• Were you aware that a Dutch medical professor produced a product in his laboratory while trying to come up with a blood cleanser that could be sold in drugstores. The product was Gin and its original name was Hollandsch genever (Dutch Juniper).
  • In ancient Egypt when taking an oath, the right hand was placed on an onion. Its round shape symbolized eternity.
  • The Iroquois Indians planted what they referred to as the “three sisters”, corn, beans and squash. Planted together on earthen mounds, the cornstalks supported the vines of the bean plants, and the broad leaves of the squash plants blocked the growth of weeds.
  • The company, F & M Schaefer, was the first American brewery to market beer in a bottle.
  • In cooking, there are 60 drops to a teaspoon.
  • The Heinz company is well-known for its “57 varieties”. The very first variety marketed by Heinz was horseradish in 1869.
  • President Theodore Roosevelt was the person who coined the phrase that has been appropriated as the slogan for Maxwell House coffee: “Good to the last drop”.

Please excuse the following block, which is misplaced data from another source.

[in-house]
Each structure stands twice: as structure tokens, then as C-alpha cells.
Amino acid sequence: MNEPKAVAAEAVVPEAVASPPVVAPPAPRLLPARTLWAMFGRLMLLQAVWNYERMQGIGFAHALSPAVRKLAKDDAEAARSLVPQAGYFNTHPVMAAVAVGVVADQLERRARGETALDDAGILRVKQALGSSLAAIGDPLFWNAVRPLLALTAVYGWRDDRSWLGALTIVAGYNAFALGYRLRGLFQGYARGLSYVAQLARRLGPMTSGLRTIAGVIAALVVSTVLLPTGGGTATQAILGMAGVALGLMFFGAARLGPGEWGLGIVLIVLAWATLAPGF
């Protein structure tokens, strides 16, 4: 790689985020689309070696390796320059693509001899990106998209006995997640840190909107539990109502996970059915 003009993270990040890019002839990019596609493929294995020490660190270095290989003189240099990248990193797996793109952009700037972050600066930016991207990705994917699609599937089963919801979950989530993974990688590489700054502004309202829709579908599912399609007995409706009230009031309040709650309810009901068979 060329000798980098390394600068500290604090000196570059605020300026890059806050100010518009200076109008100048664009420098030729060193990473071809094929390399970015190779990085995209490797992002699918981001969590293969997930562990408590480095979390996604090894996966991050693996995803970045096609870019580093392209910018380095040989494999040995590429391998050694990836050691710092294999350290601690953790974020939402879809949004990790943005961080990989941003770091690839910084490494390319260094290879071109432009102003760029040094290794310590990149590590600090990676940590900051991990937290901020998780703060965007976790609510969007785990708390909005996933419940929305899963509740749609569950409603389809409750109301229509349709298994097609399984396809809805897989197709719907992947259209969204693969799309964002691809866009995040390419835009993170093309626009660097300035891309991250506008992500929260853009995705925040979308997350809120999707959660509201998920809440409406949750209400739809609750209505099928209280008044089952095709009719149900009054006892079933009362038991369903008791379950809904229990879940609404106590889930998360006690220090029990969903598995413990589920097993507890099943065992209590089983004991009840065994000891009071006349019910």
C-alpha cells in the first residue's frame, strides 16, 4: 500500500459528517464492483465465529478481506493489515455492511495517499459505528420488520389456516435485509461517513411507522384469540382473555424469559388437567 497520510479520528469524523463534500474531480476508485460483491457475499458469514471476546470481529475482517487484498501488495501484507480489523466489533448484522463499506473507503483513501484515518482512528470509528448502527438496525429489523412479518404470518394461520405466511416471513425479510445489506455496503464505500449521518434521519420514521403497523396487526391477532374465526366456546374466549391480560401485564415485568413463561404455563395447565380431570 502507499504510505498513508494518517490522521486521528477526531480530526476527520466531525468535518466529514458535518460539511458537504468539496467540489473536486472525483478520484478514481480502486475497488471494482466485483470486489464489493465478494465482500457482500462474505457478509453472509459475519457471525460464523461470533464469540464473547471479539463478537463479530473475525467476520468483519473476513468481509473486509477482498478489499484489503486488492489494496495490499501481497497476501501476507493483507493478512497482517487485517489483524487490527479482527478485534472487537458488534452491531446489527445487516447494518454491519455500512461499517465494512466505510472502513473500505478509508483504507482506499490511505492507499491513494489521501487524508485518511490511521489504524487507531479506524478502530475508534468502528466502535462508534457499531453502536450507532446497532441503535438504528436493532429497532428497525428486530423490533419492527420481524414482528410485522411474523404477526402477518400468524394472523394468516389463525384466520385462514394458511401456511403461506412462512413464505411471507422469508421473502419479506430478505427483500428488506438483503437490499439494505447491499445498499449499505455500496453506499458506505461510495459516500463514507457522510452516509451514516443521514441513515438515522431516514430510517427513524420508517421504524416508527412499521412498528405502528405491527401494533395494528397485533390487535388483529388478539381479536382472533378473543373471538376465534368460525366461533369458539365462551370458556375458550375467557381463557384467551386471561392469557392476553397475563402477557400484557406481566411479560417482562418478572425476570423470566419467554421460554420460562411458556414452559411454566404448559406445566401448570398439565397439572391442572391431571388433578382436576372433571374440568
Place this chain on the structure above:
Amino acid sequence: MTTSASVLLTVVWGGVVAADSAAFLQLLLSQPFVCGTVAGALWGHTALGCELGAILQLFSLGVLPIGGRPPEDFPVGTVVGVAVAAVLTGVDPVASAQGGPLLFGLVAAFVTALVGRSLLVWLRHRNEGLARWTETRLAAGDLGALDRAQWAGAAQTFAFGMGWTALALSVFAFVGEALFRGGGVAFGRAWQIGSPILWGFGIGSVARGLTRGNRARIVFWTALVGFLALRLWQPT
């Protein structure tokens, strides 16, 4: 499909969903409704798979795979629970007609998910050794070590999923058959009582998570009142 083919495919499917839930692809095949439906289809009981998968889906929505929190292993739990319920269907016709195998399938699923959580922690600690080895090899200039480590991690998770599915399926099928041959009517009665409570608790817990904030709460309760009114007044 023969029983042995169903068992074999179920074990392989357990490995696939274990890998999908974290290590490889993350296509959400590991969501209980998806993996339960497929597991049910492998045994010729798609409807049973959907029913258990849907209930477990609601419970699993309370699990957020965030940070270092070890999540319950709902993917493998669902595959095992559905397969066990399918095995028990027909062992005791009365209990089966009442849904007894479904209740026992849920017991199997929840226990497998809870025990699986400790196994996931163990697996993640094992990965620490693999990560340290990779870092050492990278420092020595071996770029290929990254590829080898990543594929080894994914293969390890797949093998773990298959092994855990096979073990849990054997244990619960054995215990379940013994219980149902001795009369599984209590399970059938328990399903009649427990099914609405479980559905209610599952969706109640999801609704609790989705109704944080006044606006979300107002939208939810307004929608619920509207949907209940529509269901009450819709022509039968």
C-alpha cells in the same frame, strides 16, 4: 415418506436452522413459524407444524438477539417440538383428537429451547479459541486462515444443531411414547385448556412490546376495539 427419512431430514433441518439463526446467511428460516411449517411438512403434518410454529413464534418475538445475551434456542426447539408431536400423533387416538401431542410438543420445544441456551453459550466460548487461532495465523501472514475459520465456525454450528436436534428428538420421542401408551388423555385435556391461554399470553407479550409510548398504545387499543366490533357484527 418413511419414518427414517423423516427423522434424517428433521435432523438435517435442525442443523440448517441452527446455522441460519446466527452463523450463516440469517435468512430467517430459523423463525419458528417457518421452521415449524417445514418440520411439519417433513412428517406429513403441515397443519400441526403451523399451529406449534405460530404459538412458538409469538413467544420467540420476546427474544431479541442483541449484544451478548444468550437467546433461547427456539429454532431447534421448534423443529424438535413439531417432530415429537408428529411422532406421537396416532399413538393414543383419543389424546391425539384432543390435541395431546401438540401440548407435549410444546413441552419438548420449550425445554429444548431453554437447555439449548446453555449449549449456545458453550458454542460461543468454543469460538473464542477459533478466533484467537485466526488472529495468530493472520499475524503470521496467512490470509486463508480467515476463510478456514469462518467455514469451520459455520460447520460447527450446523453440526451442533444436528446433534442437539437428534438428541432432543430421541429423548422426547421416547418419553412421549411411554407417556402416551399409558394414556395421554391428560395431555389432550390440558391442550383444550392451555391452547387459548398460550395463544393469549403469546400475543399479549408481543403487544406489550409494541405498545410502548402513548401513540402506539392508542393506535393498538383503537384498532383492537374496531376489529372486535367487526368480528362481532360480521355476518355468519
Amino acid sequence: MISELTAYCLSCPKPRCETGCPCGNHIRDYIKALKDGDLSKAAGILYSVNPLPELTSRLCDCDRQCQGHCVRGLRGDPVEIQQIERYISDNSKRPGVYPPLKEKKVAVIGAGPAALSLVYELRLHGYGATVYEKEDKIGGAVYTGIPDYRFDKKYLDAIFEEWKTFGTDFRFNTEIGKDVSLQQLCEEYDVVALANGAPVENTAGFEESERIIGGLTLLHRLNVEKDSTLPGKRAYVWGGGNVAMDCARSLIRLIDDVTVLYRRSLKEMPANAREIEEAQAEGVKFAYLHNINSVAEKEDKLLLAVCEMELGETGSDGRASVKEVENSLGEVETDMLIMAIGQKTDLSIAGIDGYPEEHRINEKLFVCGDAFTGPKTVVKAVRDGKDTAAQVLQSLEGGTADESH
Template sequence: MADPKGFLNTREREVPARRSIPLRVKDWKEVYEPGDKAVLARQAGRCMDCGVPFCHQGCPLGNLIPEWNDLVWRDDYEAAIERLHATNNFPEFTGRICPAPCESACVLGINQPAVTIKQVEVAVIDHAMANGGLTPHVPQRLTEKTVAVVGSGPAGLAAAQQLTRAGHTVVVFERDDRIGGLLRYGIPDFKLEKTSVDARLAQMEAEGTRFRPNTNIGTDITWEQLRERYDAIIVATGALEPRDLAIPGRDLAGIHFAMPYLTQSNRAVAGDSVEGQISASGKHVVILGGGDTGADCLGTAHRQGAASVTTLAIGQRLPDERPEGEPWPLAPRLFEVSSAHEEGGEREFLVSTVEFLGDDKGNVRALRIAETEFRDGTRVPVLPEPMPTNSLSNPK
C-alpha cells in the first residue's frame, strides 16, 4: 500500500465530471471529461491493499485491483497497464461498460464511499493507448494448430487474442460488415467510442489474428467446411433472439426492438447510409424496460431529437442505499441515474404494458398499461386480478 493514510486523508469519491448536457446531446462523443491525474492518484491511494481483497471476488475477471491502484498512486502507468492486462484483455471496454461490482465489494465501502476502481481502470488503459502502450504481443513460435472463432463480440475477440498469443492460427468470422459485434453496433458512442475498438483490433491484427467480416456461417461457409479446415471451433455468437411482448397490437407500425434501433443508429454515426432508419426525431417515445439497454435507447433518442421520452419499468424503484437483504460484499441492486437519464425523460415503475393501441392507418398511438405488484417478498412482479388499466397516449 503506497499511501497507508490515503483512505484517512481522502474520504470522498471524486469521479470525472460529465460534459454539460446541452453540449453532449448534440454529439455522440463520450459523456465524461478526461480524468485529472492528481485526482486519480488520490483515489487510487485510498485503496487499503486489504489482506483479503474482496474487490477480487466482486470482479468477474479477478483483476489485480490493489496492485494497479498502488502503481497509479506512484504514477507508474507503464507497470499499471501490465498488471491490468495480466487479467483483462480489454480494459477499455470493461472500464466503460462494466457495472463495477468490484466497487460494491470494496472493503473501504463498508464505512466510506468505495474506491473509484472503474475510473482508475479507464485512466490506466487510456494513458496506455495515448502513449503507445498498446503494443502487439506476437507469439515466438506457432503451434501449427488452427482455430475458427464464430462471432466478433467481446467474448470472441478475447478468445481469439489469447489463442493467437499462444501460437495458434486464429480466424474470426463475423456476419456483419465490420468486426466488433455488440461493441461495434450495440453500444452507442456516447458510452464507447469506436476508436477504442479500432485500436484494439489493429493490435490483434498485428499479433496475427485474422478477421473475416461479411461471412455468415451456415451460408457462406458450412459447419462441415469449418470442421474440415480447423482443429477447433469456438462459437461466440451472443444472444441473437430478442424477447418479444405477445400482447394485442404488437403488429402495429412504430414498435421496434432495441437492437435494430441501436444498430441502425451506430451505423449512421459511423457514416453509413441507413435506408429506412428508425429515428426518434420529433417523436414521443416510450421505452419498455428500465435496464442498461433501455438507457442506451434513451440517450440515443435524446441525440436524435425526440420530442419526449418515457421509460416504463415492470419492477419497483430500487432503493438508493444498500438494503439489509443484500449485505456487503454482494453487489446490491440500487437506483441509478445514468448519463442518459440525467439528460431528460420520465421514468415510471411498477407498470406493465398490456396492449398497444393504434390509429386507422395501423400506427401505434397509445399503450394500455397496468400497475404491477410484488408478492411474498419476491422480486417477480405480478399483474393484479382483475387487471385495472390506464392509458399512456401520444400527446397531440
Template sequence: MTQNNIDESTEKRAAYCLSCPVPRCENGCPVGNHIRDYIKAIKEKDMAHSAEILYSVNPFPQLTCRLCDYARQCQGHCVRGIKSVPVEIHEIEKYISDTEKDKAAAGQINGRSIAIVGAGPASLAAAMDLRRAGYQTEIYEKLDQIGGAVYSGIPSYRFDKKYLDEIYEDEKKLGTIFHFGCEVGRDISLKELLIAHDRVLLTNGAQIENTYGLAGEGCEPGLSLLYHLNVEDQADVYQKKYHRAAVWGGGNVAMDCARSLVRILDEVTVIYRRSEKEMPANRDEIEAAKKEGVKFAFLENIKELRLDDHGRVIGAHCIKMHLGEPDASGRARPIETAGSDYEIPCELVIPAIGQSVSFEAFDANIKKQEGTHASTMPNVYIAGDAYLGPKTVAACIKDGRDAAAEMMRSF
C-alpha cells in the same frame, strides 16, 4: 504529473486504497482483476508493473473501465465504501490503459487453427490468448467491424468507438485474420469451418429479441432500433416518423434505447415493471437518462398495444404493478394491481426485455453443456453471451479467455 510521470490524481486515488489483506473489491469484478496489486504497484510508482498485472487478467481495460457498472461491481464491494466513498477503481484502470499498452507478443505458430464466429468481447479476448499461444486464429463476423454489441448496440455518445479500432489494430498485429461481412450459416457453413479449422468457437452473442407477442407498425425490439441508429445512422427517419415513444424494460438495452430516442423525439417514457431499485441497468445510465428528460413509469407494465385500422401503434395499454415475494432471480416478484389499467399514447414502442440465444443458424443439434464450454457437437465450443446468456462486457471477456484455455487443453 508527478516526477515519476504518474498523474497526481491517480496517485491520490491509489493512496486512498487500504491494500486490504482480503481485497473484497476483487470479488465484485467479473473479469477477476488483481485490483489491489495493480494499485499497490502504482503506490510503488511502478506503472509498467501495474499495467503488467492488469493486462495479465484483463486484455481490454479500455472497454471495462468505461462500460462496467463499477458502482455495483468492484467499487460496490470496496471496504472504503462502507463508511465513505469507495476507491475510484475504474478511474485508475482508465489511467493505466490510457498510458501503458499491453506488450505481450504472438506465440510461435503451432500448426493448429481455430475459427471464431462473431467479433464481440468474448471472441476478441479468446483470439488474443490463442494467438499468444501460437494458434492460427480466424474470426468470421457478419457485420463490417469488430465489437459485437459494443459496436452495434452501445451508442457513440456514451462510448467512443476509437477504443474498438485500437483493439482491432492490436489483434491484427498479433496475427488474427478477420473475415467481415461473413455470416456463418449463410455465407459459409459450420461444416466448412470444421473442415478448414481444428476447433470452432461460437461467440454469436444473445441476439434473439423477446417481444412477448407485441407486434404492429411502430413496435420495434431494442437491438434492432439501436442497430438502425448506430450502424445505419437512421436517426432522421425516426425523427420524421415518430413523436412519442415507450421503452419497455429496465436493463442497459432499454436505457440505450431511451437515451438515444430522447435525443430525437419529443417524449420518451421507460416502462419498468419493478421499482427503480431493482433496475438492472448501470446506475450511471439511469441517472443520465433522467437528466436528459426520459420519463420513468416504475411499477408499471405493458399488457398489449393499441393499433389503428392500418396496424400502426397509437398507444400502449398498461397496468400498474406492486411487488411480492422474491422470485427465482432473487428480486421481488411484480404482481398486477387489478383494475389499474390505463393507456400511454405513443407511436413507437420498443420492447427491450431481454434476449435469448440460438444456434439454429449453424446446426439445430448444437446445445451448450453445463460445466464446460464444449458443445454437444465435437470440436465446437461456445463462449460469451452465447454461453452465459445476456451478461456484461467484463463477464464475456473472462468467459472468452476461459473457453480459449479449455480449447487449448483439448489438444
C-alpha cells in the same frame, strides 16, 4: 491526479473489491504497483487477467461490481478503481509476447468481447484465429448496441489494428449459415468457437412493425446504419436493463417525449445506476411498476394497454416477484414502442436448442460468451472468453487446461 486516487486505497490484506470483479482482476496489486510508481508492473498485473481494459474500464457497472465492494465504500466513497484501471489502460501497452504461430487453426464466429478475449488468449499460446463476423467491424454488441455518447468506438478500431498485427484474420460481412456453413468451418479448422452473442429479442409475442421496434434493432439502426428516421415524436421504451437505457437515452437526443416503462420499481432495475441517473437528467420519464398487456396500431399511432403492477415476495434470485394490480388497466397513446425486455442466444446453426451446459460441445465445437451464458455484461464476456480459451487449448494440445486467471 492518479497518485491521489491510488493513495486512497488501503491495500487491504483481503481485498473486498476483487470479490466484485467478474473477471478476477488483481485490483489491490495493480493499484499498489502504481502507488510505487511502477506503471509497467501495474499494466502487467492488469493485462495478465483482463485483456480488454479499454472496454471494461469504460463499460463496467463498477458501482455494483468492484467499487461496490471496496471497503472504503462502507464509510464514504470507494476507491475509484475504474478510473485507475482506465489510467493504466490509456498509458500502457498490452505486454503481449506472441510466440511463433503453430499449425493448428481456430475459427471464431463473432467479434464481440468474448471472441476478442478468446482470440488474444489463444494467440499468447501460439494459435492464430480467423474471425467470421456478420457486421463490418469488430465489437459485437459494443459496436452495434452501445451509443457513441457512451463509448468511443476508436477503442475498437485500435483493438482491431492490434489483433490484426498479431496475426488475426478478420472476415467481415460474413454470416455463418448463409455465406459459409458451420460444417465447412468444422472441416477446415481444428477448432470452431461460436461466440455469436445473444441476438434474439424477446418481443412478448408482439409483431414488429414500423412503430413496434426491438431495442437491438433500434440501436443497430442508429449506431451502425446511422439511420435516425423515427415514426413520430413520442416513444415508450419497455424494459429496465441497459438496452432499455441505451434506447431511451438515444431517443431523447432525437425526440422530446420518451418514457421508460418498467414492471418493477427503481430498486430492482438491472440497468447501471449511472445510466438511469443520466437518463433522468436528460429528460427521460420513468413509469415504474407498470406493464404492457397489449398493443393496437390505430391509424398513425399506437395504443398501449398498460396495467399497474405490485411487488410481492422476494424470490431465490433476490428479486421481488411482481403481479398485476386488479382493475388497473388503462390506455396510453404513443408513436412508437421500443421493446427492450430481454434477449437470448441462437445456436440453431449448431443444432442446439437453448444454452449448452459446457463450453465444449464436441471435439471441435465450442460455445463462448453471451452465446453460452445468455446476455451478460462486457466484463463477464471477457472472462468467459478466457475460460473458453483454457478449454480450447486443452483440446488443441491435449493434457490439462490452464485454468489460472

• The queen of Egypt, Cleopatra, used the juice of cucumbers to preserve her skin and it’s still used today in facial creams, lotions, and cleansers.
  • One acre of crocus plants produces only 10 pounds of dried saffron.

HAPPY EATING

01/22/2022 The Seven Wonders X 4   Leave a comment

The first mention of the Seven Wonders of the Ancient World was in the 5th century BCE. They were some of the greatest human achievements at that time. The list was used over the centuries by many medieval writers but was mainly concerned with the accomplishments of the Greek or Roman empires. At that time very little was known of faraway cultures and their creations. Here is the traditional list of seven:

Giza Pyramids (Egypt), The Hanging Gardens of Babylon (Iraq), Temple of Artemis (Turkey), Statue of Zeus (Greece), the Mausoleum of Halicarnassus (Turkey), the Colossus of Rhodes (Greece), and the Pharos of Alexandria (Egypt).